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Brev. Lt-Col. R.H. Buller, VC, Staff: 2/60th KRRC-Zungwini,Hlobane, Khambula, Ulundi
 The Oggie Song BullerBrev.[Mac and Shad] (Isandula Collection)
Anglo-Zulu war: Walking the battlefield of Kambula
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  The Oggie Song

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littlehand

littlehand

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 The Oggie Song Empty
PostSubject: The Oggie Song    The Oggie Song EmptyThu Sep 23, 2010 11:42 pm

The Oggie Song itself is crucially based upon the Oggie Chant, but during the intervening years various other verses and songs have become essentially attached to it.Cyril Tawney in Grey Funnel Lines mentions how Ivor Burston in his book I joined the Navy and Saw the world, records how he helped write the original lyrics to this in 1943.

This claim was however is not quite the truth, or rather not completly the truth. Indeed it pretty much follows the pattern of most of these naval ditties, in that the Naval sailor is prone to use any popular tune or catch line from any existing song and add or adapt the words as required. Also see ‘Iwas walking through the dockyard in a panic’, for a similar situation.

Here what happened; was that an original short ditty, which had found popularity with the Naval Brigades of the Zulu Wars of 1879, found a reincarnation of popularity during the Boer war of 1899 (PRETORIA). (It is also from this time that the Royal Engineers makes claim to the song.) It subsequently endured through the early twentieth century on the Naval messdeck to re-emerge at RNB Devonport in 1943 blended with new words to form this new medley, whilst the original was utilised asa chorus. The ‘new’ song was apparently first sung in the Devonport, RNB Barracks Beer Bar, and quickly became a firm favourite amongst the division.

Today, the sailors of the RN, particularly when abroad,in singing this song has a tendency to consider the term‘Oggie' to represent their home town, rather than just Cornwall. .

Pretoria

Oh fare thee well, say good bye,
and make fast the dinghy,
and make fast the dinghy,
Oh say good bye and kiss my ass
and make fast the dinghy,
and make fast the dinghy,
We are marching to Pretoria,
Oh Gloria, Victoria,
We are marching to Victoria
Roll him down that Zulu warrior,
to roll him down that Zulu king.

The Oggie Song Reviewed

As recorded by Cyril Tawney this new song or medley has its origins in the Devonport Barracks in 1943, it s now difficult to relate what those lyrics actually comprised of, as over the years various versions have circulated. However Cyril makes a good attempt at illustrating this.

In post war years, each offering of the song. Gives to its audience something different. Of the many different choruses and items attached to the song the following are but examples of the more popular.

In performance it is usual EITHER to sing the main chorus, which is often followed by the Oggie chant OR -

One starts with Refrain followed by its chorus . At this point the song can deviate in a number of directions, either the other refrains are sung in the manner of a normal song or you go into the Main Chorus back to Refrain.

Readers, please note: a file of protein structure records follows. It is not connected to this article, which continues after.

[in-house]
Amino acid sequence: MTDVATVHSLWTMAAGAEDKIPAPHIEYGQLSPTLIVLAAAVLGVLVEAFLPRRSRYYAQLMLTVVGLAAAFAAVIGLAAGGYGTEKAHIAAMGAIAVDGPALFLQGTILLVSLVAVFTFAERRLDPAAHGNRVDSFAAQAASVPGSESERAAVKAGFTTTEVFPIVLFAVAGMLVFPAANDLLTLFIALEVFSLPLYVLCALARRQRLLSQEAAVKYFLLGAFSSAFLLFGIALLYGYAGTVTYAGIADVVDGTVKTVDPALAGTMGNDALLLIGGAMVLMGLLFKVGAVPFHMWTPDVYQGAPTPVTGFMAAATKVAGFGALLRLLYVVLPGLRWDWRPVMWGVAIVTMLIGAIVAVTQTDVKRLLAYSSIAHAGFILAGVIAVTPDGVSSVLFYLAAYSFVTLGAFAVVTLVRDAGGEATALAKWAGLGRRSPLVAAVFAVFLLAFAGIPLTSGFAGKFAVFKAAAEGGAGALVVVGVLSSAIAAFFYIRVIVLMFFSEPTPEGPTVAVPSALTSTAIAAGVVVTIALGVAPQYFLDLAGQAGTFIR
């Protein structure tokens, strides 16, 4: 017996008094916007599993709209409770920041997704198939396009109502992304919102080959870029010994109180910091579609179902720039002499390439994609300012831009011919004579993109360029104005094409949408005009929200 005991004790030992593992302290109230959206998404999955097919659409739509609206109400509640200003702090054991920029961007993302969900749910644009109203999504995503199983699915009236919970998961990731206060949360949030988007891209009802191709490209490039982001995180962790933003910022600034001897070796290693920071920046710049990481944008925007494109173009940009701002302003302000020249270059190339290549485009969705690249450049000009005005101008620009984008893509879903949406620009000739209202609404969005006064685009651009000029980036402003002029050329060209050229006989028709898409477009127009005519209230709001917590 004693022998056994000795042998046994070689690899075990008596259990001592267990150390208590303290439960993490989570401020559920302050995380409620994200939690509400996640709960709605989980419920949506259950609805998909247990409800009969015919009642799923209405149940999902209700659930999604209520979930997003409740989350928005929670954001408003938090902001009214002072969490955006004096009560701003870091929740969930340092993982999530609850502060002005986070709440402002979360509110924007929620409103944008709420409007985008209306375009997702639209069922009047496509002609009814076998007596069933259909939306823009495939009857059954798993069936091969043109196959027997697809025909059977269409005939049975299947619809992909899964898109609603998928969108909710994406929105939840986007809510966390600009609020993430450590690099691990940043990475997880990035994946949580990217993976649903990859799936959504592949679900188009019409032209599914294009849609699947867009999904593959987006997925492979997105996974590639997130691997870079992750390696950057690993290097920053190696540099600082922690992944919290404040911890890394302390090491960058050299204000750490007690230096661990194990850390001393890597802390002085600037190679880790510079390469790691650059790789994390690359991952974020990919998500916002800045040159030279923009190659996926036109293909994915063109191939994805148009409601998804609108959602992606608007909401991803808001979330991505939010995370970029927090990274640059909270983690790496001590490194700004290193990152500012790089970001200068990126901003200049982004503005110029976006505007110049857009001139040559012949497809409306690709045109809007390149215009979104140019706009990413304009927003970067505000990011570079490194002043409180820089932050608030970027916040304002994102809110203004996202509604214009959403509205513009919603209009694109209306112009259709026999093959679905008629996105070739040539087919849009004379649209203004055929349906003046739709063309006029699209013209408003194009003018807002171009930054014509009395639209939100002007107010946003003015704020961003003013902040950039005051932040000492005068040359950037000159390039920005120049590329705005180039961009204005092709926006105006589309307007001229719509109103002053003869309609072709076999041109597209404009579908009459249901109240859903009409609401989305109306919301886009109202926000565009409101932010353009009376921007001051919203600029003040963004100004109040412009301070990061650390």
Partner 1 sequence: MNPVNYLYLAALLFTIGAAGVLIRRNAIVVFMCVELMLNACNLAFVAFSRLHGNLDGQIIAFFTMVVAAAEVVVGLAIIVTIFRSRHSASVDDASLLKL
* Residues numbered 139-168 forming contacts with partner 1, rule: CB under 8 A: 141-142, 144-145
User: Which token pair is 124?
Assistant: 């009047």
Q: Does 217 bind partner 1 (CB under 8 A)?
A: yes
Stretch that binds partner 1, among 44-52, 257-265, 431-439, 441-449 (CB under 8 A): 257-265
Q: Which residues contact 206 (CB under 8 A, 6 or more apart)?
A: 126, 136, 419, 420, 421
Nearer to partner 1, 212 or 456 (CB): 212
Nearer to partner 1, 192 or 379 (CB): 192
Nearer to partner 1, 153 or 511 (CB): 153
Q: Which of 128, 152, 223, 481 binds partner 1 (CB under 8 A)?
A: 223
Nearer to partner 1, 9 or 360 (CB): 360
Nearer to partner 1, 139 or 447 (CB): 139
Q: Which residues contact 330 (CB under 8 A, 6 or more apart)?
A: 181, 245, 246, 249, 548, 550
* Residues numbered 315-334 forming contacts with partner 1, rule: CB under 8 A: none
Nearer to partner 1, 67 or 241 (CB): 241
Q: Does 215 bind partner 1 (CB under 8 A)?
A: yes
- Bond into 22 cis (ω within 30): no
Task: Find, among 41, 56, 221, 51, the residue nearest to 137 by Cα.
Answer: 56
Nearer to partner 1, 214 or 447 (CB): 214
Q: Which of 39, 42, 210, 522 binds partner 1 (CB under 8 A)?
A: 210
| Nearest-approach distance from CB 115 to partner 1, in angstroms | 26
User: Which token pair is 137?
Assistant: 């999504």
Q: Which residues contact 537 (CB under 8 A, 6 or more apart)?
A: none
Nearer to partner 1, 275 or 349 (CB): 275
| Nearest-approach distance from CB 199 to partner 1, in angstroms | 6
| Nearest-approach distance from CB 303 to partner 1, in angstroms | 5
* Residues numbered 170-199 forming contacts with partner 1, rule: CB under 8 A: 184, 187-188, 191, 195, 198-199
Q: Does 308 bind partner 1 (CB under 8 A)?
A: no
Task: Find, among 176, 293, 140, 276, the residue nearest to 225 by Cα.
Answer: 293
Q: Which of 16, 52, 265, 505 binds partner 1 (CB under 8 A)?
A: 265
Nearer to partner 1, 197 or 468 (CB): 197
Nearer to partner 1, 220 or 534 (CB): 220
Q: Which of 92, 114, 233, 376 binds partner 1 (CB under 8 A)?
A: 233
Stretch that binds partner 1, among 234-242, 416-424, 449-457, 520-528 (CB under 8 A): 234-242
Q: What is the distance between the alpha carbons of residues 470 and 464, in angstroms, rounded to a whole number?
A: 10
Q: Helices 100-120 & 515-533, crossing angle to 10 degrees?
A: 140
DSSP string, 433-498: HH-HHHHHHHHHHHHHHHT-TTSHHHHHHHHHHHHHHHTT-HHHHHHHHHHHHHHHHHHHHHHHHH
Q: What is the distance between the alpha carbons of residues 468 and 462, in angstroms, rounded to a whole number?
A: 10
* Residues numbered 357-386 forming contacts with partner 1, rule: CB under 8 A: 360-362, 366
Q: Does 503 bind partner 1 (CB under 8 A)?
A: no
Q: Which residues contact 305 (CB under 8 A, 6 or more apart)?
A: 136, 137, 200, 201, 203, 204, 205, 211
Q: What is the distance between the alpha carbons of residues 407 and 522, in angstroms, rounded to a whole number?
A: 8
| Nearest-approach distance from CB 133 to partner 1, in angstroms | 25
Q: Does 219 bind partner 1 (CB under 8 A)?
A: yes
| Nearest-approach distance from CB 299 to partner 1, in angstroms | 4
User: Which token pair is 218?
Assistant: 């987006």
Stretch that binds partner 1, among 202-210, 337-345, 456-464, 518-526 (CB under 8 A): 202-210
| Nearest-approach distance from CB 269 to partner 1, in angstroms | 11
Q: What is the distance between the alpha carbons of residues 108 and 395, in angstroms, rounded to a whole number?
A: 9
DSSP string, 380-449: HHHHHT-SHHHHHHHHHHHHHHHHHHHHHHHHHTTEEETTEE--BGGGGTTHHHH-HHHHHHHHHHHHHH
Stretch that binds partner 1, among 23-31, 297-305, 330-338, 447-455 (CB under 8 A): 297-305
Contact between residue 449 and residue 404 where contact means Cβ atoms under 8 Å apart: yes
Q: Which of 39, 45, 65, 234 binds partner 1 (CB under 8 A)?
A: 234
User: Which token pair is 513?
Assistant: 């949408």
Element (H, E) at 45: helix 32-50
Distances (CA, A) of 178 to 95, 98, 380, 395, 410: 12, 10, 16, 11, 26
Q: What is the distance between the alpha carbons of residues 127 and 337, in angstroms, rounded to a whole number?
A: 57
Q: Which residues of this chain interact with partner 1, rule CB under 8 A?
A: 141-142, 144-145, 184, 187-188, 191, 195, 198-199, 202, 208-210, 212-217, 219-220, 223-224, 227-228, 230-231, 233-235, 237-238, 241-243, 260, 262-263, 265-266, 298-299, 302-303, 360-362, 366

If at this point the Oggie chant then follows, it is generally usual to go straight into Zulu Warrior , which is often followed by a rendition or performance of This Old Hat of Mine where at least one of the group will get his kit off and occasionally perform The Dance of the Flaming Arseholes .

Alternatively, one or more of the following is then added - Aladdin, Nigger Boys, Three Crows, etc. before once again the Main Chorus and or Oggie Chant is again sung.

It is important to stress that this song has no rigid format, though it seems that wherever it is sung, everybody no exactly what comes next.

Main Chorus

And we'll all go back to Oggie land,
To Oggie Land, to Oggie Land,
And we'll all go back to Oggie land,
Where they cant tell sugar from
tissue paper, tissue paper, marmalade and jam.

Refrains
(1)
Where be going to Jagger?
Oi be going to Looe,
Gor Bugger Jagger, I be going there too.

Oh how happy us will be,
When we gets to the West Countree,
Where the oggies grow on trees,
Gor Bugger Jagger!

(2)
Up to Camborne Hill we go,
Down by Helston Ferry,
Come on Jagger don't be late,
Come on Jagger hurry.

(3)
Half a pound of flour and marge,
Makes lovely clacker,
Just enough for you and me.
Gor! Bugger Jagger.

(4)
You make fast, I'll make fast,
Make fast the dinghy.
You make fast, kiss my arse,
Make fast the dinghy.
And we'll all go back etc.

Zulu Warrior

Hold em down you Zulu Warrior,
Hold 'em down you Zulu King.
Hoi da zimba zimba zimba,
Hoi da zimber zimber zay.


or as originally sung


Roll 'em down you Zulu warrior,
Roll 'em down you Zulu King!
Ai o-ri-a, Ai ke-o-na, Ai o-ri-a Ai ke-o-na.

The Zulu warrior song is of course, also a throw back to the original song of the Zulu War where we began.


Notes:
[1] JAGGER - It is possible that the terms Jagger and Janner as given in the refrains have been corrupted in usage and indeed the tendency is now to use either. But originally the term was Jagger and not Janner (A Cornishman).
The term Jagger, means a sailor from the Royal Navy Barrack Devonport, this term is generalised from the reference of ‘Jago’s Mansions’– Jago was a Warrant Caterer that introduced an improved form of messing, that was eventually to revolutionise the way food was served to the Naval Rating. Consequently Devonport Barracks was elevated in Jack’s mind to palatial comfort and spoken . of as Jago’s Mansions. Thus Jagger was a sailor enjoying those comforts and not billeted aboard a ship.
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